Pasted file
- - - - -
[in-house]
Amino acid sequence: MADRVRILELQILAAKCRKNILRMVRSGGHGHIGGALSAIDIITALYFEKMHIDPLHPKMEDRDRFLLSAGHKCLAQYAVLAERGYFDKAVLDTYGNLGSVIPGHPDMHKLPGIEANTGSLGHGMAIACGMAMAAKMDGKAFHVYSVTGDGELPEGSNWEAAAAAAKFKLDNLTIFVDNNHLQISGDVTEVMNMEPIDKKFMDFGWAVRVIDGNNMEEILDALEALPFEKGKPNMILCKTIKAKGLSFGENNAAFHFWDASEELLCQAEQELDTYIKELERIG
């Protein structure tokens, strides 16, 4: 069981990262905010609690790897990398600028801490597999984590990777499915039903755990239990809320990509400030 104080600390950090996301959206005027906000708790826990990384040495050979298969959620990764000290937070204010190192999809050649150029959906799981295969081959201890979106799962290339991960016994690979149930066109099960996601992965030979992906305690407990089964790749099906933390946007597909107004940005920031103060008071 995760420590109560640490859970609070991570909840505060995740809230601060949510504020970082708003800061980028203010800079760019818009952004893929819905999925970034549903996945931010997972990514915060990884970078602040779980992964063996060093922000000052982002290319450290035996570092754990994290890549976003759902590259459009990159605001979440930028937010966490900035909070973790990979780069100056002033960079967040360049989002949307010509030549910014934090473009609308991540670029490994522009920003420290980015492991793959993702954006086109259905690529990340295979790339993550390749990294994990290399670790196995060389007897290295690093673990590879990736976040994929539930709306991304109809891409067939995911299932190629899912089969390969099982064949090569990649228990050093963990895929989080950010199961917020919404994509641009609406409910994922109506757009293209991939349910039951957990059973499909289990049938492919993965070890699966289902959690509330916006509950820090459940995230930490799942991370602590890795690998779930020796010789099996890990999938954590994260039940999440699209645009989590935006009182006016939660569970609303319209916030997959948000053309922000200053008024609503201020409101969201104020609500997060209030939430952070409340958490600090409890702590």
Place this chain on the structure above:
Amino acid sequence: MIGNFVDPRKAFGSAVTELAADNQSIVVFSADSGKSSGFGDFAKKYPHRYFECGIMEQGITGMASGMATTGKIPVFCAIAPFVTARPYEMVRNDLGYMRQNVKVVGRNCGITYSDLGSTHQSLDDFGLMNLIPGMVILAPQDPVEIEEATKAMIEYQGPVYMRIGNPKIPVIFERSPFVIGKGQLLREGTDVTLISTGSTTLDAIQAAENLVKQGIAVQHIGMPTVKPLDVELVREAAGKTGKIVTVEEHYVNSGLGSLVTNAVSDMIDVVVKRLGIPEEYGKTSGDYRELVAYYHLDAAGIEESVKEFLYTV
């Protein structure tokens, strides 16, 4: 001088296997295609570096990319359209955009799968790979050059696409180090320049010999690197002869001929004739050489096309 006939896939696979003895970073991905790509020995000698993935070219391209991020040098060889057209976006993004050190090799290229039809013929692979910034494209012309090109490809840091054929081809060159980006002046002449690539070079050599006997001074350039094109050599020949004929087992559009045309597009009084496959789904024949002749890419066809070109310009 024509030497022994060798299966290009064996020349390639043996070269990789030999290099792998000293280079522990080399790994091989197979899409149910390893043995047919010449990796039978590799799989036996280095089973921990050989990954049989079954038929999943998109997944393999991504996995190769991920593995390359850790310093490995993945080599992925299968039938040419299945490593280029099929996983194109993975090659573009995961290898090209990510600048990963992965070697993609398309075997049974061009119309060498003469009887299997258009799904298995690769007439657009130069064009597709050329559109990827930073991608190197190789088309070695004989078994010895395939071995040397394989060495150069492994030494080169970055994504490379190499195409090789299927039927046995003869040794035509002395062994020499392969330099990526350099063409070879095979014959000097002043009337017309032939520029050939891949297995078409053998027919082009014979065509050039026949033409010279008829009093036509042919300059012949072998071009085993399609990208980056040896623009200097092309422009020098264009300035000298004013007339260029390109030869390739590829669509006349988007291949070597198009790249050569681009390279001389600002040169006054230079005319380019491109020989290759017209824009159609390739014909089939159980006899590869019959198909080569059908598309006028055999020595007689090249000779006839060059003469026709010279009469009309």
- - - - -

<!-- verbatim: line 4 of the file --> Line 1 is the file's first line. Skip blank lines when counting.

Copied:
Place this chain on the structure above: